Welcome!

Linux Containers Authors: Elizabeth White, Pat Romanski, Liz McMillan, Craig Lowell, XebiaLabs Blog

Related Topics: Linux Containers

Linux Containers: Article

Succeeding with Open Source

Meeting your needs

In this issue, Bernard Golden, author of Succeeding with Open Source, discusses open source software, its pros and cons, and how to choose the right Linux implementation for your business.

What is open source software and how is it different from traditional software?
The primary difference between open source software and traditional software is the licensing conditions under which open source is distributed. Traditional software licenses tightly control the use and distribution of the software in order to ensure consistency, so they can realize revenues from license sales. This means, for example, you are usually restricted as to how many machines you may install the software on.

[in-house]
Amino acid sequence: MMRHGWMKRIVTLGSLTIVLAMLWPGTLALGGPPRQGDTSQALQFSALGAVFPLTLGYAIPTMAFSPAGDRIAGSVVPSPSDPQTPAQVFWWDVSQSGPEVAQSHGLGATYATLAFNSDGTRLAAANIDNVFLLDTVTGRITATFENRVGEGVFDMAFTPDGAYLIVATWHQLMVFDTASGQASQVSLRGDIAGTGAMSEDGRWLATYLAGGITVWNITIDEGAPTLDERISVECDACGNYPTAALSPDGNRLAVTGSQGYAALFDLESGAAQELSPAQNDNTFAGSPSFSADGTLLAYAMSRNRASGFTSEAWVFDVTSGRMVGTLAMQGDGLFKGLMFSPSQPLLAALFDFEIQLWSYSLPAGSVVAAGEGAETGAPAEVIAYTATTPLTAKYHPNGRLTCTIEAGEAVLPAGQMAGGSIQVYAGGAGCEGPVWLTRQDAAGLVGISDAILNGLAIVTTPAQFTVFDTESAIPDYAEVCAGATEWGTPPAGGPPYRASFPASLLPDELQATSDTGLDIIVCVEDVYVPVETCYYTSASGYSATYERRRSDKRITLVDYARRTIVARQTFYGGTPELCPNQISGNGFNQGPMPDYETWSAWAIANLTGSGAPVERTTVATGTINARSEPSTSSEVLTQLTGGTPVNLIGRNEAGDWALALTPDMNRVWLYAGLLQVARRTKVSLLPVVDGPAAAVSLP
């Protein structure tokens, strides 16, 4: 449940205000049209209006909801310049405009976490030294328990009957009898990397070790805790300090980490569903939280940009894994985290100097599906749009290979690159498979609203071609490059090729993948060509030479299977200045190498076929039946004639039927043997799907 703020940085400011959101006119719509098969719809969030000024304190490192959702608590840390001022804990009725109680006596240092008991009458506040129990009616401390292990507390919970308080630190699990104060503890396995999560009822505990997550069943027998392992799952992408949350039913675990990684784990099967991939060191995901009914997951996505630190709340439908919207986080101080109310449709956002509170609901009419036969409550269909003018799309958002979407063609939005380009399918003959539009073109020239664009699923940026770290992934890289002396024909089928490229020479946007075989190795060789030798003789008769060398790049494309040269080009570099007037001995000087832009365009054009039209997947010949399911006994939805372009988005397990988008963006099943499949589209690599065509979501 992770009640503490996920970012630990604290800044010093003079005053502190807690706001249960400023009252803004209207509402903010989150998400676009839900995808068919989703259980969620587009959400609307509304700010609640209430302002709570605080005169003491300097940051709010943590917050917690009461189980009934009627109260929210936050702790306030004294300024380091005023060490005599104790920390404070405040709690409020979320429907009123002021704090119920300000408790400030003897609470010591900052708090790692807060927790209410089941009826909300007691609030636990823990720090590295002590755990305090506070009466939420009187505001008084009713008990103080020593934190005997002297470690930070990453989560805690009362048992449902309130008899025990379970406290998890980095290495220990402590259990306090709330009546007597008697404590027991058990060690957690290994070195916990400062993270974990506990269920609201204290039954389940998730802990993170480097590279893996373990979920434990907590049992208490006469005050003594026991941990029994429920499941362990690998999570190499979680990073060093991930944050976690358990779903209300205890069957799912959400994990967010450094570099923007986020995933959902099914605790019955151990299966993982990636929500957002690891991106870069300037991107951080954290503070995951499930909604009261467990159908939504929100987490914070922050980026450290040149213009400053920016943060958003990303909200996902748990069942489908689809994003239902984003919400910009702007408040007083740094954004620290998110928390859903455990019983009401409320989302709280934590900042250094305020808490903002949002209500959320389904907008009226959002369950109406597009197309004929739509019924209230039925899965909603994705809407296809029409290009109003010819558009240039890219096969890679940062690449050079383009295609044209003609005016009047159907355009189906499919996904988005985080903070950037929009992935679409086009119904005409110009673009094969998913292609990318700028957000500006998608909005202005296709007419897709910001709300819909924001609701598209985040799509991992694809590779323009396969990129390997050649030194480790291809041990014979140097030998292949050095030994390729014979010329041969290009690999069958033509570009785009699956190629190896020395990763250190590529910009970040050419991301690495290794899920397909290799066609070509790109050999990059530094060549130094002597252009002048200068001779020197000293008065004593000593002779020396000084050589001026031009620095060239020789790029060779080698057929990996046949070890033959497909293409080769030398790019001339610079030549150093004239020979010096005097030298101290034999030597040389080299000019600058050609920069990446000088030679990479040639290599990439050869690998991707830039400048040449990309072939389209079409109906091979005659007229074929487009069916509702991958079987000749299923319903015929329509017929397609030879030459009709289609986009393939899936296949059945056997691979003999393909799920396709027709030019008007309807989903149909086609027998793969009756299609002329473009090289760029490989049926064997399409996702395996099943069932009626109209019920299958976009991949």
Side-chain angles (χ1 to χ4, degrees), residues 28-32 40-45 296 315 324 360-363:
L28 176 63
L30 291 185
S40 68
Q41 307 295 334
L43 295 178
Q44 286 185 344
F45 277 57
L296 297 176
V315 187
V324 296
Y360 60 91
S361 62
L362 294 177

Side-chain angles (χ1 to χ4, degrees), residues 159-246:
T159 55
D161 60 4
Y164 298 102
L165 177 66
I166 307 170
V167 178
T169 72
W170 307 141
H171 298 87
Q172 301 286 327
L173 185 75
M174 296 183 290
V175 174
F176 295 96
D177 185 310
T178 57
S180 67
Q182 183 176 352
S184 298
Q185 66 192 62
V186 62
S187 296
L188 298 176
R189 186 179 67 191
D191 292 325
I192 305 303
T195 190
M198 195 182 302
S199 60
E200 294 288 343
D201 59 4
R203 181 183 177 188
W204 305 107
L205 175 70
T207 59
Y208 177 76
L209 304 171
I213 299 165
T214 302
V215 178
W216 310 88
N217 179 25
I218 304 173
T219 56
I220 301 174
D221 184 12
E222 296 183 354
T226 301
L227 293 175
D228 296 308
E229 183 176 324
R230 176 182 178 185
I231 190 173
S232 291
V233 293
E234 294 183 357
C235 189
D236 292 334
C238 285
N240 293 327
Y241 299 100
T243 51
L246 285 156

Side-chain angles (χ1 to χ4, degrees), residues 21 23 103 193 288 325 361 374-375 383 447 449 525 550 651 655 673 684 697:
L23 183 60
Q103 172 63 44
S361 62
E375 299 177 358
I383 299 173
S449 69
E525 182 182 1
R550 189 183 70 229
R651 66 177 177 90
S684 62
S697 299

Open source software, by contrast, is distributed under licenses designed to encourage widespread use with few restrictions. This means you can use the software on as many machines as you choose.

Another important difference between open source and traditional software is that open source is distributed as source code, which users are encouraged to modify and redistribute. Users can modify the product to better serve their needs rather than being forced to live with the product's functionality as is. One of the few restrictions about open source is that, should you modify the product and redistribute it, you are expected to make your source changes available.